It is easy to pinpoint these muscles because they are the same muscles that flex during excretory evacuation. These muscles include the abdominal muscles that aid in the expulsion of urine by increasing the pressure applied to the urinary bladder wall. If you want to engage the muscles, you can pinpoint them during urination. The stream of urine will cease when the bladder has been voided but the muscles themselves can still be flexed. Continue to very firmly squeeze the expulsive muscles near the end of urination and you will notice that these muscles can be flexed much more than they are usually flexed. At first the muscles will feel very tender and underused, but within a few days they can become much stronger. Once you find the muscles, know how to activate and habituate them to constant activity, you can then walk around with them flexed all of the time. After the muscles become stronger and muscle memory starts to build they will become tonically and unconsciously active.  Keeping these muscles flexed all of the time may be beneficial for some forms of abdominal and psychological health. As major muscles that anchor in the pelvic floor, they are integral for core strength and stability. I first discovered that these muscles were largely underused when I was concentrating on flexing my abdominals during long walks. I realized that to really tie the stomach muscles into your stride you must first strengthen the lowest segments of the abdominals, the segments closest to the thighs. I personally was completely unaware of the muscle until I began taking tae kwon do. The muscles may be difficult to locate and strengthen if the area is rarely stretched, but may be more accessible for people that practice high kicking, groin stretches and lower-body workouts.

I believe that I have suppressed these muscles during my lifetime though acquiescent, self-handicapping behavior. I have always been averse to dirty jokes, and overt sexual behavior and this may have led to less sexualized posture growing up. In order to get along with people I often try not to act dominant and I maintain an orderly, inhibited, accommodating and self-effacing demeanor. I believe that I unconsciously allowed these muscles to atrophy because I was submissive, sexually repressive, and anal-retentive. Again, these muscles work antagonistically with the pubococcygeus muscles and anal sphincter muscles which are involved in the retention of feces and urine meaning that they may be especially weak in “retentive” people. The muscles include and work synergistically with the muscles involved in the expulsion of wastes and secretions and thus may be more toned in “anal expulsive” personalities.













I believe that I have suppressed these muscles during my lifetime though acquiescent, self-handicapping behavior. I have always been averse to dirty jokes, and overt sexual behavior and this may have led to less sexualized posture growing up. In order to get along with people I often try not to act dominant and  Imaintain an orderly, inhibited, accommodating and self-effacing demeanor. I believe that I unconsciously allowed these muscles to atrophy because I was relatively submissive, sexually repressive, and anal-retentive. Again, these muscles work antagonistically with the pubococcygeus muscles and anal sphincter muscles which are involved in the retention of feces and urine meaning that they may be especially weak in “retentive” people. The muscles include and work synergistically with the muscles involved in the expulsion of wastes and secretions and thus may be more toned in “anal expulsive” personalities.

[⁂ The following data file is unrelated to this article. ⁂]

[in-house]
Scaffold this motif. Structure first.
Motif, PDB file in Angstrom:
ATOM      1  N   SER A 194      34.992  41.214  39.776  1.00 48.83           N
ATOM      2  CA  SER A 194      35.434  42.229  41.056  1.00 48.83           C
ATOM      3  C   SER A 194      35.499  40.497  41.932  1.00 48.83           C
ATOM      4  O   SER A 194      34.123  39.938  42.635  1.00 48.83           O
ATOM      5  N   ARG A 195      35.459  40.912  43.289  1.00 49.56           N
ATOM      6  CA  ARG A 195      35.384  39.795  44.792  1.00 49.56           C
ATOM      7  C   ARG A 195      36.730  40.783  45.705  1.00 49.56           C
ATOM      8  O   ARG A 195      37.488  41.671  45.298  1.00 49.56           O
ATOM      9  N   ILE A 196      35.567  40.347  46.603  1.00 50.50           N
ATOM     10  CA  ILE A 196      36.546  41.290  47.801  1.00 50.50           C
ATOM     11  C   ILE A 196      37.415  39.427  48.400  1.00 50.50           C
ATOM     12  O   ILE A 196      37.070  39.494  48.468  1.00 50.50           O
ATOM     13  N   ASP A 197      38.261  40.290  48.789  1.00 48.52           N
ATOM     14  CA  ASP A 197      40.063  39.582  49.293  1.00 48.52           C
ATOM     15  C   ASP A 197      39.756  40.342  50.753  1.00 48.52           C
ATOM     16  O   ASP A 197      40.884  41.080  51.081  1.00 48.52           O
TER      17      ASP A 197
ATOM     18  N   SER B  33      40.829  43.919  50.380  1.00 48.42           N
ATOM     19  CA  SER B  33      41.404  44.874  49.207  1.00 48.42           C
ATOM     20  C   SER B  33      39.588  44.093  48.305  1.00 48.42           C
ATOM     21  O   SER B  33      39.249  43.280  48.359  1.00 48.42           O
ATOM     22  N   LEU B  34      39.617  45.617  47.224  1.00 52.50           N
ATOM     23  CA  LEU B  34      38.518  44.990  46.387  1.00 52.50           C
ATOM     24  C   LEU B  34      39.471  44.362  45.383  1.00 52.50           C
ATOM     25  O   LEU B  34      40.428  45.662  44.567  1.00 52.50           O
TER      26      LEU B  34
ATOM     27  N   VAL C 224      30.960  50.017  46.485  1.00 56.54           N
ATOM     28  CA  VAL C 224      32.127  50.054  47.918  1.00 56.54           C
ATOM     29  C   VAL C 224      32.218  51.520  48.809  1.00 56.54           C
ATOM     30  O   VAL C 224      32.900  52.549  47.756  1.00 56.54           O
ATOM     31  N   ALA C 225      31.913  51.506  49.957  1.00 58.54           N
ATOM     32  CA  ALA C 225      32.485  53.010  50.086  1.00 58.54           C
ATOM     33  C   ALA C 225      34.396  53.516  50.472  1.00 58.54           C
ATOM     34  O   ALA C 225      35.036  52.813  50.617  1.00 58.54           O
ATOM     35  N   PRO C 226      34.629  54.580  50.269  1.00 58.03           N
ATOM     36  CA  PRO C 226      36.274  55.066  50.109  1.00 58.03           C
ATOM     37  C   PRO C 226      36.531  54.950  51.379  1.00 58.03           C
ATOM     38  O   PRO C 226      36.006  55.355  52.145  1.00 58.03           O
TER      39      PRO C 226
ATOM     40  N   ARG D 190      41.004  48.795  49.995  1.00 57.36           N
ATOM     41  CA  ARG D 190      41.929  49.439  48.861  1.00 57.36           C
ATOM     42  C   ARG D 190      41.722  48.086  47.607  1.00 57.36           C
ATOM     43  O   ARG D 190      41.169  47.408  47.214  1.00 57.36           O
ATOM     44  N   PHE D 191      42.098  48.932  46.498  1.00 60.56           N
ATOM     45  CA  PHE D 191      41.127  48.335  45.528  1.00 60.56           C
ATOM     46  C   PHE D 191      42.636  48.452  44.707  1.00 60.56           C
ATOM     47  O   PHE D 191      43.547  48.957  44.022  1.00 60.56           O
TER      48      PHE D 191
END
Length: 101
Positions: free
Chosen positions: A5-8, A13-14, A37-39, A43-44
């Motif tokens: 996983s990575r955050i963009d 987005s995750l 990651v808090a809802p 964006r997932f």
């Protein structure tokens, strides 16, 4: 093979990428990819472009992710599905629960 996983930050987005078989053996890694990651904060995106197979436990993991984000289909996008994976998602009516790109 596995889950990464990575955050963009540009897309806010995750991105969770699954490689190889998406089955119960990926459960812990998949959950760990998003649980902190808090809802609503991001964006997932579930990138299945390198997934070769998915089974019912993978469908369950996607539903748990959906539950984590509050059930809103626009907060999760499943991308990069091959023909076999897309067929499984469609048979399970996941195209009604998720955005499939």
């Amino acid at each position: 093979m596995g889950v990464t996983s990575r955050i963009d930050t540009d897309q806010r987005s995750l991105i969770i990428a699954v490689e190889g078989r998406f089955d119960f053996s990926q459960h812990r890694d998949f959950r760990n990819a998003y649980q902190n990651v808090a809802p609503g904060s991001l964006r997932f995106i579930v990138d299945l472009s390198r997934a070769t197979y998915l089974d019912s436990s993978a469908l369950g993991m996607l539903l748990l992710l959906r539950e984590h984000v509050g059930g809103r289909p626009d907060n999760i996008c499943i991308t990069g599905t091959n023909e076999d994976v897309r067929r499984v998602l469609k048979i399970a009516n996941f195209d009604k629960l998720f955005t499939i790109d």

Strengthening the muscles “masculinizes” behavior and thought and makes one feel less cautious. Activity and tone in this area may be associated with approach and seizing opportunity. Additionally, I think that it is difficult to stay calm and centered if tone here is low. In fact, as with the visceral muscles, the brain changes the muscle tone here from second to second depending on environmental inputs. You might notice that worry or sudden fear makes these muscles go limp and reduced activity may be associated with withdrawal and subordination. I have noticed that coming into contact with something sharp or experiencing a fear of height causes these muscles to go limp immediately and involuntarily. When you take an ego blow or get upset or flustered they similarly drop out of flexion. If your machismo is questioned but you have the gumption to reassert yourself you might notice the activity here waver and come back stronger. For many depressed and anxious men, this muscle drops out of tonicity during social encounters. For some it drops out of tonicity around women, for other men it may only drop out around highly attractive women. Activity here may partly account for what “shrivels up” in guys when they get their “balls busted.” Losing tonicity in these muscles is akin to castration and gaining it is related to genital sexual arousal and plethysmographic response. Tonicity here may be related to the reflex that keeps the testicles in the low, “hanging” or “dropped” position and thus there may be a specific developmental course for these muscles that plateaus during adolescence. I think that muscle tone can be diminished here when the serotonergic systems are altered artificially and this is why life-long lowered libido is a common side effect from antidepressant therapy. Also, tonic and phasic activity in these muscles leads to increased blood flow and genital turgidity, suggesting that a formal type of physical therapy centered around the muscles could help to treat both diminished sex drive and erectile dysfunction.